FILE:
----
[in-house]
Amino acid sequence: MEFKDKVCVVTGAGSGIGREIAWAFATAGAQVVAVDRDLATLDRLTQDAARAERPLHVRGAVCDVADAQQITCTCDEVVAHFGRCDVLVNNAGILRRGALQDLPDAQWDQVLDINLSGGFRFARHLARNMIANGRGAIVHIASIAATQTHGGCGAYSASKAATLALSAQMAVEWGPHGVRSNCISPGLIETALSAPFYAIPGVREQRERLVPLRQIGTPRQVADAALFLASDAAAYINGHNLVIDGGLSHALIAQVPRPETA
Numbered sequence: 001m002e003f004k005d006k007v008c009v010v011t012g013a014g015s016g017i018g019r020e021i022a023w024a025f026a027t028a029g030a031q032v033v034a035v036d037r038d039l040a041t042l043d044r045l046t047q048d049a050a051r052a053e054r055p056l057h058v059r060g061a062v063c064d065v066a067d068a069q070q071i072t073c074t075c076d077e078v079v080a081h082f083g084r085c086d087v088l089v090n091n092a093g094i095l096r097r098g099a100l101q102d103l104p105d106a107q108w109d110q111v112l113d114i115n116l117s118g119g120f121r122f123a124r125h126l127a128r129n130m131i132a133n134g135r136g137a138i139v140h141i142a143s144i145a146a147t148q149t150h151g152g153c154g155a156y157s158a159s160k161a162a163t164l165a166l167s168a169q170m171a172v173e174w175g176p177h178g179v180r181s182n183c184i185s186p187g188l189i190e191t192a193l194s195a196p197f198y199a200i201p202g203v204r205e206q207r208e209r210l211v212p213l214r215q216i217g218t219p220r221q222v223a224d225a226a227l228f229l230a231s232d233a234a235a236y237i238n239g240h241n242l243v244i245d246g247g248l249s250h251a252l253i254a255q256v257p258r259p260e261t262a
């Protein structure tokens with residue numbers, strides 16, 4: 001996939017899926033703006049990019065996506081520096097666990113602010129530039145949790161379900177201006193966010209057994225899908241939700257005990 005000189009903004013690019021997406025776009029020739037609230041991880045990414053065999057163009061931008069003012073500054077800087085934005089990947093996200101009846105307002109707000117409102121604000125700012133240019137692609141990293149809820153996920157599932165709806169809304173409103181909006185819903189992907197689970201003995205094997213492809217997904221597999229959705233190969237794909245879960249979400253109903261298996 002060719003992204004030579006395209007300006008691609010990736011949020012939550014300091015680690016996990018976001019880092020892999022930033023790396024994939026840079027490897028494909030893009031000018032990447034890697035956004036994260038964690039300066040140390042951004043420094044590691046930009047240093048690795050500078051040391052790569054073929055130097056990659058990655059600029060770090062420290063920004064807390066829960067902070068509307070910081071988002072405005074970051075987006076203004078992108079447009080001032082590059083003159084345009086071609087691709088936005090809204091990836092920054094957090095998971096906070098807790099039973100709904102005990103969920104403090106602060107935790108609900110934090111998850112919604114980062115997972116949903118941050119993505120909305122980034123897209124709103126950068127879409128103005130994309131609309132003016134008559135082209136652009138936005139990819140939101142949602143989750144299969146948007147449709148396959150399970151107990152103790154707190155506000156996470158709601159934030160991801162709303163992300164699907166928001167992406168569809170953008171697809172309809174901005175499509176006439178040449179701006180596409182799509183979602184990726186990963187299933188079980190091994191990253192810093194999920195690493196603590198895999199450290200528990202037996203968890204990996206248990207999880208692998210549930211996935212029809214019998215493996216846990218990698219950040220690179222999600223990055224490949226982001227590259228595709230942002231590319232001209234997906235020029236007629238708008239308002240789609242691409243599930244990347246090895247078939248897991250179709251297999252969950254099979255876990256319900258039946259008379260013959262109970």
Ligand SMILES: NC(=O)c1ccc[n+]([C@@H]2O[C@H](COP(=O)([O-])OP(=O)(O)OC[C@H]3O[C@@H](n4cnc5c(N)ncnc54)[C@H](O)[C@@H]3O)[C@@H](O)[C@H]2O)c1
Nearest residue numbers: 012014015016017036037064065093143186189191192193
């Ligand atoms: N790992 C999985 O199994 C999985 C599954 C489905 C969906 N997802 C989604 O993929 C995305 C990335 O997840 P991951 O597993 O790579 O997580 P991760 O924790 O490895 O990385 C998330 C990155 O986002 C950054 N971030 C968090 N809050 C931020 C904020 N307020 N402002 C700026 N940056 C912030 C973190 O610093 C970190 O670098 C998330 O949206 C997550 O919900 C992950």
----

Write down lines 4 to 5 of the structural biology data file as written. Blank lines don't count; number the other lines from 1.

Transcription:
């Protein structure tokens with residue numbers, strides 16, 4: 001996939017899926033703006049990019065996506081520096097666990113602010129530039145949790161379900177201006193966010209057994225899908241939700257005990 005000189009903004013690019021997406025776009029020739037609230041991880045990414053065999057163009061931008069003012073500054077800087085934005089990947093996200101009846105307002109707000117409102121604000125700012133240019137692609141990293149809820153996920157599932165709806169809304173409103181909006185819903189992907197689970201003995205094997213492809217997904221597999229959705233190969237794909245879960249979400253109903261298996 002060719003992204004030579006395209007300006008691609010990736011949020012939550014300091015680690016996990018976001019880092020892999022930033023790396024994939026840079027490897028494909030893009031000018032990447034890697035956004036994260038964690039300066040140390042951004043420094044590691046930009047240093048690795050500078051040391052790569054073929055130097056990659058990655059600029060770090062420290063920004064807390066829960067902070068509307070910081071988002072405005074970051075987006076203004078992108079447009080001032082590059083003159084345009086071609087691709088936005090809204091990836092920054094957090095998971096906070098807790099039973100709904102005990103969920104403090106602060107935790108609900110934090111998850112919604114980062115997972116949903118941050119993505120909305122980034123897209124709103126950068127879409128103005130994309131609309132003016134008559135082209136652009138936005139990819140939101142949602143989750144299969146948007147449709148396959150399970151107990152103790154707190155506000156996470158709601159934030160991801162709303163992300164699907166928001167992406168569809170953008171697809172309809174901005175499509176006439178040449179701006180596409182799509183979602184990726186990963187299933188079980190091994191990253192810093194999920195690493196603590198895999199450290200528990202037996203968890204990996206248990207999880208692998210549930211996935212029809214019998215493996216846990218990698219950040220690179222999600223990055224490949226982001227590259228595709230942002231590319232001209234997906235020029236007629238708008239308002240789609242691409243599930244990347246090895247078939248897991250179709251297999252969950254099979255876990256319900258039946259008379260013959262109970």
Ligand SMILES: NC(=O)c1ccc[n+]([C@@H]2O[C@H](COP(=O)([O-])OP(=O)(O)OC[C@H]3O[C@@H](n4cnc5c(N)ncnc54)[C@H](O)[C@@H]3O)[C@@H](O)[C@H]2O)c1